(PREPARED Municipal Workbook)
Your master list of experts, advocates, organizations and impacted parties
A successful reuse strategy requires the involvement and commitment of a diverse group of stakeholders. Stakeholders are individuals or organizations:
- that can contribute information, resources, or expertise,
- whose consent or approval is important to the project’s success,
- who may be impacted by the project, or
- who need to be aware of and kept informed about the evaluation and decision-making process.
Stakeholders may be involved throughout the project or may be brought in periodically to support certain aspects of the project.
The first step in the stakeholder engagement process is to identify a Sponsor Group consisting of key stakeholders committed to the development and implementation of a successful reuse strategy. For reuse strategies that involve large properties or a large number of properties, the formation of a Stakeholder Committee may also be beneficial. Worksheet #1a provides a template for documenting and organizing stakeholders and their roles in the process.
Identifying Your Sponsor Group
These stakeholders have what it takes to move the project forward. Here are your hard workers and your key drivers of the project. Ideally, your Sponsor Group will include organizations and individuals that initiate and manage the evaluation process, as well as oversee the implementation of the strategy. What each member of this group has in common is the desire and ability to get things done.
Typical sponsor group tasks include the following:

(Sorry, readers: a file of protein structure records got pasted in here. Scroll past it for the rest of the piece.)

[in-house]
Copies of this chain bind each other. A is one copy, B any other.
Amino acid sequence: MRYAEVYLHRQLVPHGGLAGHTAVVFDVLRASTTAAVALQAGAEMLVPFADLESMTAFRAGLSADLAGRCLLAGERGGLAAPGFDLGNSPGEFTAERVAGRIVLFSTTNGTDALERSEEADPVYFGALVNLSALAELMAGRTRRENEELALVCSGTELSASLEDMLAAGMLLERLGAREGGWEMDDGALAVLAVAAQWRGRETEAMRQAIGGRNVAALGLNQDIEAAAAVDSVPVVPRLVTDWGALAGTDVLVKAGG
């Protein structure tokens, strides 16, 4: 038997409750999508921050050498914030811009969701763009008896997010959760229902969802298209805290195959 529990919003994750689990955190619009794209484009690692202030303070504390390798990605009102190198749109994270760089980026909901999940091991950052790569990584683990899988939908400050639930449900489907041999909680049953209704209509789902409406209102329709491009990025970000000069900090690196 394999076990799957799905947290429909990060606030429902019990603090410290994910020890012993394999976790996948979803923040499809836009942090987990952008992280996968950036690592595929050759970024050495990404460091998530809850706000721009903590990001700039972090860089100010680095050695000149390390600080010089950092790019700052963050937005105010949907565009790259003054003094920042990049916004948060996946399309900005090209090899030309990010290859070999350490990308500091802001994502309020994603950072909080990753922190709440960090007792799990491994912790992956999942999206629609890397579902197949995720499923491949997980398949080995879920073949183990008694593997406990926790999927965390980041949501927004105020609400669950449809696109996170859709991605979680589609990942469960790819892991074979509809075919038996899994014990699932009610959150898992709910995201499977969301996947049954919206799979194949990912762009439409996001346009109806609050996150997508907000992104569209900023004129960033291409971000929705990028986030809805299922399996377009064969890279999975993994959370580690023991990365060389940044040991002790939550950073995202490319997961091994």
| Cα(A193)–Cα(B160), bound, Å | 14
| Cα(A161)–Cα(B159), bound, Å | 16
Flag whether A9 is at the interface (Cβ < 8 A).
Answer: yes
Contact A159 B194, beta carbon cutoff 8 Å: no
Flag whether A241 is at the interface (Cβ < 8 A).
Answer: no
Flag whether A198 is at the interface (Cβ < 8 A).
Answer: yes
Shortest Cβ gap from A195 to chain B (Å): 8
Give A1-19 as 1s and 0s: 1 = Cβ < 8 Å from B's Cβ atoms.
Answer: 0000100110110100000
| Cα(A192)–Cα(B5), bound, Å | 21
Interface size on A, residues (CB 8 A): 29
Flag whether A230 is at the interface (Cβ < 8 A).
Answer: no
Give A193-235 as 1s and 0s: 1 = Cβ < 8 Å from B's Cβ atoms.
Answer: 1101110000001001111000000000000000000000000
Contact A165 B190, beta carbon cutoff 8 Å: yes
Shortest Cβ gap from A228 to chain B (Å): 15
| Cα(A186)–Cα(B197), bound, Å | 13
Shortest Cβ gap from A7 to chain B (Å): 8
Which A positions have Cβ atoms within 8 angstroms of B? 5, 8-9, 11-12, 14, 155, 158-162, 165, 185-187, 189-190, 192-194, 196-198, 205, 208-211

- Manage the evaluation process
- Provide essential internal and external expertise (e.g., technical, legal, financial)
- Commit (some but not all) financial and other resources to the process
- Carry out key strategies
- Bring diverse groups together
- Communicate & coordinate with stakeholders
- Generate & maintain synergy to keep the project moving forward
Good sponsor group candidates include the municipality, community foundations, local and regional economic development agencies, developers, and neighborhood associations.
Setting Up a Stakeholder Committee
Additional support and expertise are valuable assets for large-scale reuse projects. A Stakeholder Committee consists of stakeholders willing to meet on a regular and on-going basis. This group informs and energizes the sponsor group, contributing knowledge and expertise on technical issues, policies, and procedures related to the evaluation and implementation of the reuse strategy.
A Stakeholder Committee is often beneficial in the following cases:
- Where the reuse strategy involves a large, complex property,
- Where multiple properties over a large area will be reused, and
- When brownfield reuse is envisioned as part of an overall area-wide planning effort.
Individuals and organizations can be part of a stakeholder committee. Examples include local business associations and neighborhood associations, as well as local consultants, engineers, and real estate professionals.
Content Last Updated May 12, 2017